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Volunteers demanding the freedom of Leonard Peltier have trekked 500 miles over the last four weeks in a protest walk organized by the American Indian Movement (AIM) Grand Governing Council.

Peltier (Turtle Mountain Band of Chippewa Indians), 78, was convicted of aiding and abetting in the murder of two Federal Bureau of Investigation agents on the Pine Ridge Indian Reservation on June 26, 1975. He has spent the last 46 years in federal prison. 

AIM hopes the walk will raise awareness for Peltier’s plight and apply some pressure on President Joe Biden to grant executive clemency to Peltier. 

“The walk and prayer for Elder Peltier has been heartfelt, heavy and healing,” Walk to Justice organizer Rachel Thunder told Native News Online. “Our walkers are out every day at 5 a.m. to make sure the 20-plus miles are covered to get this message to Washington D.C., to free Leonard Peltier.” 

Leonard Peltier’s Walk to Justice started on Sept. 1 in Minneapolis — the birthplace of the American Indian Movement — and will finish in Washington, D.C. on Nov. 14. It has since been through Wisconsin, northeastern Illinois, and is currently in northern Indiana. The walkers will travel a total distance of 1,100 miles.

“As AIM, we are asking for justice,” Thunder said. “Justice for Leonard Peltier and justice for our people as the original people of Turtle Island.”

Since 1993, many, including former U.S. Attorney James Reynolds—Peltier’s former prosecutor—have urged executive clemency for Peltier. Former U.S. Attorney General Ramsey Clark said of Leonard Peltier, “he should have never been in there in the first place—never.”

“While Leonard Peltier is in prison, we all are,” Clark said in a statement in 1997.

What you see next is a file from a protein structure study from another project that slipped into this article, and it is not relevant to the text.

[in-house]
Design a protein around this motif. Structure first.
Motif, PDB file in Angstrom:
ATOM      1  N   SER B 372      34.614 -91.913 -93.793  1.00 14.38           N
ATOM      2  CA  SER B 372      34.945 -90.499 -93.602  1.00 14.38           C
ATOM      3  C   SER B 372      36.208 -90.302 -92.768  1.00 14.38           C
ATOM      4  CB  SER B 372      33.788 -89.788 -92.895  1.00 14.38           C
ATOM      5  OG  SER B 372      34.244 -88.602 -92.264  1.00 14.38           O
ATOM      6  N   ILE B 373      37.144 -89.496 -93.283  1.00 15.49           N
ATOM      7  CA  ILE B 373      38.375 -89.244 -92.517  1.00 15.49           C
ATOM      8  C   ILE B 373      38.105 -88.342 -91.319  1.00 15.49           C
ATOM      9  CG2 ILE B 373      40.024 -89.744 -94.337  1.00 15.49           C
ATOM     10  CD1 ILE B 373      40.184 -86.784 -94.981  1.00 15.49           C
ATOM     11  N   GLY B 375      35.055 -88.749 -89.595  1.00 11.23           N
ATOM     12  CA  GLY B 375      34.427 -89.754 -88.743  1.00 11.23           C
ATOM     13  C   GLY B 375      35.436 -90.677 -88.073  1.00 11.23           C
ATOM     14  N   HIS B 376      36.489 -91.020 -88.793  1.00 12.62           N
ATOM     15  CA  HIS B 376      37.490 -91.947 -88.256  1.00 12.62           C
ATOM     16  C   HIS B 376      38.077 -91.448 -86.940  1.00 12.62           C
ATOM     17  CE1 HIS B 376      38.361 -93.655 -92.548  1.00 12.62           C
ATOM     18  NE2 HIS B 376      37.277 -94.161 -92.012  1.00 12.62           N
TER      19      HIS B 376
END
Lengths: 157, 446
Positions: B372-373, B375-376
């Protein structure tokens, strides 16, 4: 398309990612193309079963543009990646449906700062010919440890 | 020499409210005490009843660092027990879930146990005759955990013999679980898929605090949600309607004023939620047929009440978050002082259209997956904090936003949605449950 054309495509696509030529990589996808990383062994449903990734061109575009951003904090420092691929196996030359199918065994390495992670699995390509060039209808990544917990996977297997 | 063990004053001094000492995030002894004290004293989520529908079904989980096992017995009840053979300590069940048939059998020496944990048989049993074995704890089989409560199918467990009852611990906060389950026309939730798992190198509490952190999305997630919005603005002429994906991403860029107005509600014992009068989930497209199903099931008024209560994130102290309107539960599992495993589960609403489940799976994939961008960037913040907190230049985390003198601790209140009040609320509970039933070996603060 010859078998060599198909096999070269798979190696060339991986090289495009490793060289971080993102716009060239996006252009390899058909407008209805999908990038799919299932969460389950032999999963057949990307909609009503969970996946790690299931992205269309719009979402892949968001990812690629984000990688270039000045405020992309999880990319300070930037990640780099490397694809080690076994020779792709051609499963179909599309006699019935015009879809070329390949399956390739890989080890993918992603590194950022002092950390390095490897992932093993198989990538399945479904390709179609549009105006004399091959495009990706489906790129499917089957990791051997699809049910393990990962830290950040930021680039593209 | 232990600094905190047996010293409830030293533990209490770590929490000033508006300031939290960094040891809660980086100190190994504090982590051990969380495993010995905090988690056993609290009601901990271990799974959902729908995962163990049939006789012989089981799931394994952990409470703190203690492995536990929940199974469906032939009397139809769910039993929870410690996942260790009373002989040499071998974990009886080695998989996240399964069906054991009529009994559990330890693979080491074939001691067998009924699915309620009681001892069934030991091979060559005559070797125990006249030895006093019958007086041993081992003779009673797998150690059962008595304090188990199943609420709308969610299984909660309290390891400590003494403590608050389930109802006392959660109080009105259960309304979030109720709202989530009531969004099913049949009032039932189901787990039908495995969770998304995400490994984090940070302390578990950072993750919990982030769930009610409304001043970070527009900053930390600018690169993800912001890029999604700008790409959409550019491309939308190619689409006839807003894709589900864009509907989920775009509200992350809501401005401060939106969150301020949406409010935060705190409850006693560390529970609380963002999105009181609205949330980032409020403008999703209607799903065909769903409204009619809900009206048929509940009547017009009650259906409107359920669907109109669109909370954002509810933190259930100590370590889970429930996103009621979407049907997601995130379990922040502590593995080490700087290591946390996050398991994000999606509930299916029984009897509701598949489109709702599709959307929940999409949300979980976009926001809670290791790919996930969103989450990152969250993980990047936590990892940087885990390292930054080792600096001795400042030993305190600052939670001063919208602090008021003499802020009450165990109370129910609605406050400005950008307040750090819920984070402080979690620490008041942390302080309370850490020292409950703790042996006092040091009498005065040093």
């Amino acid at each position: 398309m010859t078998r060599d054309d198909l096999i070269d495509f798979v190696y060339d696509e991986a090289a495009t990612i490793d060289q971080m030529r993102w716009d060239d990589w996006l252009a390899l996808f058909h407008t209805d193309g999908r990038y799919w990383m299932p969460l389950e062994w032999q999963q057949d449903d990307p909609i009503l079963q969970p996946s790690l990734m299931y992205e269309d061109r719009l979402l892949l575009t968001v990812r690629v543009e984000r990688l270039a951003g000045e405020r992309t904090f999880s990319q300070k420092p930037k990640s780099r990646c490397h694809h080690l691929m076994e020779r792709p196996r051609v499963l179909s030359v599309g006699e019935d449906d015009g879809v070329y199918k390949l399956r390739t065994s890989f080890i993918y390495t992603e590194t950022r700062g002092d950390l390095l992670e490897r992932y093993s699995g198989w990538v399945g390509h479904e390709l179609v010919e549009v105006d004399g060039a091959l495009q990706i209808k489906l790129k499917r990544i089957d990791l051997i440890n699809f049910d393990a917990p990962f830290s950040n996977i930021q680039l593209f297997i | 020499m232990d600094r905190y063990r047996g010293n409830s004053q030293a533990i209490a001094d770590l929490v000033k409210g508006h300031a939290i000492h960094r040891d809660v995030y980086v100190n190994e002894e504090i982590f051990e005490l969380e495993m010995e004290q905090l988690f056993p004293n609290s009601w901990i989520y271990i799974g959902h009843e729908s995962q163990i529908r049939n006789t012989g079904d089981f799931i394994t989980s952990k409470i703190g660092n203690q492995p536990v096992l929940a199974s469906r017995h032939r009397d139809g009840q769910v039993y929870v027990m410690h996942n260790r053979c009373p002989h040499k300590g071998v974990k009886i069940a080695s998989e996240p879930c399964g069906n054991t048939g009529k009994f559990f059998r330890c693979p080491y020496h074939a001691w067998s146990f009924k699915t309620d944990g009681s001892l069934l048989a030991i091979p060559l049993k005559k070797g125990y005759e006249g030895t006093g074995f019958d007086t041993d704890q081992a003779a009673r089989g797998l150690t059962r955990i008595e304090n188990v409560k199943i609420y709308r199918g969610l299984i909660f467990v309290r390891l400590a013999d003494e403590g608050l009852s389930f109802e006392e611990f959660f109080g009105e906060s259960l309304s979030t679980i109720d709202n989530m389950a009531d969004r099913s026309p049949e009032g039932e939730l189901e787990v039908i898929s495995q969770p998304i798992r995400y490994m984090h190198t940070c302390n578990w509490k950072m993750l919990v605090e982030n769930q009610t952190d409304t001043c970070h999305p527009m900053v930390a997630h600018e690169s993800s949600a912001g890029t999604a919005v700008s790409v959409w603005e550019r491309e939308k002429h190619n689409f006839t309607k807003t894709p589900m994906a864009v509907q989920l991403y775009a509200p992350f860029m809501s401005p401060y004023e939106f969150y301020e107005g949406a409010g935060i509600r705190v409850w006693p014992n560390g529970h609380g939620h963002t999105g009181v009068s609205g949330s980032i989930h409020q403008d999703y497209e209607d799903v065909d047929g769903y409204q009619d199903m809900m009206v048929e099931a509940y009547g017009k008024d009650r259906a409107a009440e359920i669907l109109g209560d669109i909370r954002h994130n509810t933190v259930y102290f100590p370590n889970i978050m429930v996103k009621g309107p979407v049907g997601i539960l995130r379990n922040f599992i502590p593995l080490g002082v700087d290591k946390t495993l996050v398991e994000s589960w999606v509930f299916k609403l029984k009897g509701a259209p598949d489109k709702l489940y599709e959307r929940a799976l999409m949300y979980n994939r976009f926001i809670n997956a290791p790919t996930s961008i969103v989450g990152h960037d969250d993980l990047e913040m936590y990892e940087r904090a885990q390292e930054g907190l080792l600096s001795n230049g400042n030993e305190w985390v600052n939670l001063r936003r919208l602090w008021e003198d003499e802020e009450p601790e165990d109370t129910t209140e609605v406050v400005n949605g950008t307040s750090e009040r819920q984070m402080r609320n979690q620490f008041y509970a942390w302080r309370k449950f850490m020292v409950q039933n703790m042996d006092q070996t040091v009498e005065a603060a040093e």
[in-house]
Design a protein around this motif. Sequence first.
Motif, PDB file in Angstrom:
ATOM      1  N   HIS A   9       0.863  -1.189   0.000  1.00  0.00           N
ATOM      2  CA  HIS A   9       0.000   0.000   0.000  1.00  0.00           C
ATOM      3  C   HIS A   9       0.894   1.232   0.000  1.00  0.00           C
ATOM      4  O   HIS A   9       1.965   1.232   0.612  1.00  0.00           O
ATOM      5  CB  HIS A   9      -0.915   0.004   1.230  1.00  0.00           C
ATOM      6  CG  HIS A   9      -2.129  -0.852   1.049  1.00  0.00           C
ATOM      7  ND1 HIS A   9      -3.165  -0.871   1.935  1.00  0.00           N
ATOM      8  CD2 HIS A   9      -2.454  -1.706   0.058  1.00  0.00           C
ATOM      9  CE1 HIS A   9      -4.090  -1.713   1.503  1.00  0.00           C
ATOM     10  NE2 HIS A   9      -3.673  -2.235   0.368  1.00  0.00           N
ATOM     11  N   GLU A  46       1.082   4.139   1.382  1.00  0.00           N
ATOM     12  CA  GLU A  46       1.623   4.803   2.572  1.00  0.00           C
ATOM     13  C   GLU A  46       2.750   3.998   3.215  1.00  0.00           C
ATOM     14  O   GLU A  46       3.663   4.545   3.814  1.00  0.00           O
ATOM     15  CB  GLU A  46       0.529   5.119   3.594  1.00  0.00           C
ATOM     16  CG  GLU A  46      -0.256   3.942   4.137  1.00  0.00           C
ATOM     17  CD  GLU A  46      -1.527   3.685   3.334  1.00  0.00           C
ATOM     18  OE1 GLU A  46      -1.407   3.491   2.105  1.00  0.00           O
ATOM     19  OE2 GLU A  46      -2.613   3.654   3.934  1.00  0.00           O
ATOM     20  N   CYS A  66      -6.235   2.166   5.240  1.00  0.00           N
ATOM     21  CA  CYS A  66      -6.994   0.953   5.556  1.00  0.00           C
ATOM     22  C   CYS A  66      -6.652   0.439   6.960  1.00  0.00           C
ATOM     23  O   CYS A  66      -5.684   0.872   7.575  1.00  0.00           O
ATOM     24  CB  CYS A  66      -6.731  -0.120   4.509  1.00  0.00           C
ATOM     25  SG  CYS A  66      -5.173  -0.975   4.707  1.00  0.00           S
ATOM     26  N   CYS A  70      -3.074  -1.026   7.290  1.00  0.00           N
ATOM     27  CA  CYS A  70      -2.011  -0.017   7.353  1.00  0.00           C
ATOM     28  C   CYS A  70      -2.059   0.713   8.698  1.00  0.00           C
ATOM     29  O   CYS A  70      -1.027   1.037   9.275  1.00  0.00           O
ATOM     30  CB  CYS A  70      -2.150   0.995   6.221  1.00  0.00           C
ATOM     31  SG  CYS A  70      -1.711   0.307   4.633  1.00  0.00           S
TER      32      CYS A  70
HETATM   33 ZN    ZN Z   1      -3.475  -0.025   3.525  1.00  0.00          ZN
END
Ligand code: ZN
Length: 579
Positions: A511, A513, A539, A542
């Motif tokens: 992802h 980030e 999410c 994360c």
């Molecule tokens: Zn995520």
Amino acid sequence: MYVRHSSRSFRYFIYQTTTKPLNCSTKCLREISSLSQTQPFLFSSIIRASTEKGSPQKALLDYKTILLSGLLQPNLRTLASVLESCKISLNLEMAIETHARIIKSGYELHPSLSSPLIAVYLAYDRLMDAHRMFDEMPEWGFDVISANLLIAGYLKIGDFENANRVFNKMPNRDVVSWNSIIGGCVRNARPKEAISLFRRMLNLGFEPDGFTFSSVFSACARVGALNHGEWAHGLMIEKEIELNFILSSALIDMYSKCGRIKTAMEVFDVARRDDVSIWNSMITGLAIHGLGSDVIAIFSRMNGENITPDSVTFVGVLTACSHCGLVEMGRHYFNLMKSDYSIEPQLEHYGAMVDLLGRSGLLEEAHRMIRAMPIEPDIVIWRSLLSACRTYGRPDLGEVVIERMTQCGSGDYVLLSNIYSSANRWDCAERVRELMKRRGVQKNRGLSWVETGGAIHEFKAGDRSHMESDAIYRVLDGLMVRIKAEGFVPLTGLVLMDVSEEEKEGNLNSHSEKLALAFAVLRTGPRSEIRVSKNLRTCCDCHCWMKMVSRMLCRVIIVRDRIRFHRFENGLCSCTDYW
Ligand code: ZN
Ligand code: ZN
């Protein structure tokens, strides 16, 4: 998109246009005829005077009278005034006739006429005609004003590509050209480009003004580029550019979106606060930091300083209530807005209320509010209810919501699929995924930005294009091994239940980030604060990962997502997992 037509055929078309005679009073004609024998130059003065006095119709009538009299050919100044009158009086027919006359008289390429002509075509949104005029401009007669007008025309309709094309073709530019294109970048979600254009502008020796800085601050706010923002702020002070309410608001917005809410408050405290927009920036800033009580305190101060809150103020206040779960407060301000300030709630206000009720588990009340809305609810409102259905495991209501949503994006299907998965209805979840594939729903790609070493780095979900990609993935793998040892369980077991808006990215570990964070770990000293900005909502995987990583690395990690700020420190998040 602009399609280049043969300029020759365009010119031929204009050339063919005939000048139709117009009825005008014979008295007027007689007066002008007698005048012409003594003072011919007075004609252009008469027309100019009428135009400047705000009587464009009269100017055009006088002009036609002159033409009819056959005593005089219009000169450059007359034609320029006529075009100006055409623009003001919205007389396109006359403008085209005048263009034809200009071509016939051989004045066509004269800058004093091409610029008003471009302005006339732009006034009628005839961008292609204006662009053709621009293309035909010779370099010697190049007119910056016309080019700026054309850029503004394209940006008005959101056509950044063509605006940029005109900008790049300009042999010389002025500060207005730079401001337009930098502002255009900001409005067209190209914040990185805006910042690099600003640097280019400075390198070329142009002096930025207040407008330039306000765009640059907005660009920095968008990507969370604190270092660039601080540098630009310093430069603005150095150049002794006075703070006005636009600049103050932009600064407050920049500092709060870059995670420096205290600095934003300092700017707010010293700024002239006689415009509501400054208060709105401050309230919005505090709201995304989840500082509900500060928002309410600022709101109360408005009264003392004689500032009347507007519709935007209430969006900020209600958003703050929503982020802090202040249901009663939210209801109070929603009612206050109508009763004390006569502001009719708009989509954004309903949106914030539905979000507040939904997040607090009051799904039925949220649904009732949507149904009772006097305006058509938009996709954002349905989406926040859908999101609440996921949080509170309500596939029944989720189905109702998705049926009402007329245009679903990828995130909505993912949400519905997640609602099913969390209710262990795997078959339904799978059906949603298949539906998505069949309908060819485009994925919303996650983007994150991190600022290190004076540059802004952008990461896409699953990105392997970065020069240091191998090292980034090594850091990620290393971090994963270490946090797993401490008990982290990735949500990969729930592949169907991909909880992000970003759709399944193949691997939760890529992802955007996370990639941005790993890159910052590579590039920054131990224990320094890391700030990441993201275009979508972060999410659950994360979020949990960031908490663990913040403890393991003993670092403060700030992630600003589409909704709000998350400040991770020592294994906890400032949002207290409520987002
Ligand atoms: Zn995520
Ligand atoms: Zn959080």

Peltier has admitted to having been present during the incident that left FBI agents Jack Coler and Ronald Williams dead, but has always denied killing the agents as alleged by prosecutors at his trial. His co-defendants Dino Butler and Robert Robideau were charged with two counts of murder and were acquitted under claims of self-defense.

Peltier was arrested in Canada in 1976. He was eventually extradited on a false statement made by Myrtle Poor Bear, who later admitted she had been coerced by the FBI. Additionally, she later revealed that she was not present on the reservation during the fatal shootings. Poor Bear was not a witness at trial. 

Since his conviction in 1977, Peltier has gained international support from Nelson Mandela, Bishop Desmond Tutu, Rev. Jesse Jackson, Secretary Debra Haaland, Amnesty International, the National Congress oaf American Indians, the Democratic National Committee, and thousands of activists.

Since 1993, many jurists have urged for executive clemency.  

Former Attorney General Clark said of Peltier in 1997, “He should have never been in there in the first place—never ... while Leonard Peltier is in prison, we all are.”

‘Time for people to wake up’

Since the walk began last month, the Democratic National Committee unanimously passed a resolution asking President Biden to grant Peltier executive clemency. 

The walk has also created visibility for Peltier’s plight and gained momentum with rallies along the Walk to Justice route in the Wisconsin cities of Eau Claire and Madison, as well as Chicago. 

“We are thankful for all of the support coming in from around the world,” Thunder said. “It’s time for the people to wake up. Leonard Peltier’s injustice is an injustice against all human beings. This is a human rights issue, not just a native issue.”

A rally is scheduled in South Bend, Ind., on Saturday, Oct. 1, at South East Park at 5:00 p.m. local time. Two drum groups, Red Buffalo and Shki Bimaadzi, will be present for the rally. All are invited to participate. 

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About The Author
Author: Darren ThompsonEmail: This email address is being protected from spambots. You need JavaScript enabled to view it.
Darren Thompson (Lac du Flambeau Ojibwe) is a staff reporter for Native News Online who is based in the Twin Cities of Minnesota. Thompson has reported on political unrest, tribal sovereignty, and Indigenous issues for the Aboriginal Peoples Television Network, Indian Country Today, Native News Online, Powwows.com and Unicorn Riot. He has contributed to the New York Times, the Washington Post, and Voice of America on various Indigenous issues in international conversation. He has a bachelor’s degree in Criminology & Law Studies from Marquette University in Milwaukee, Wisconsin.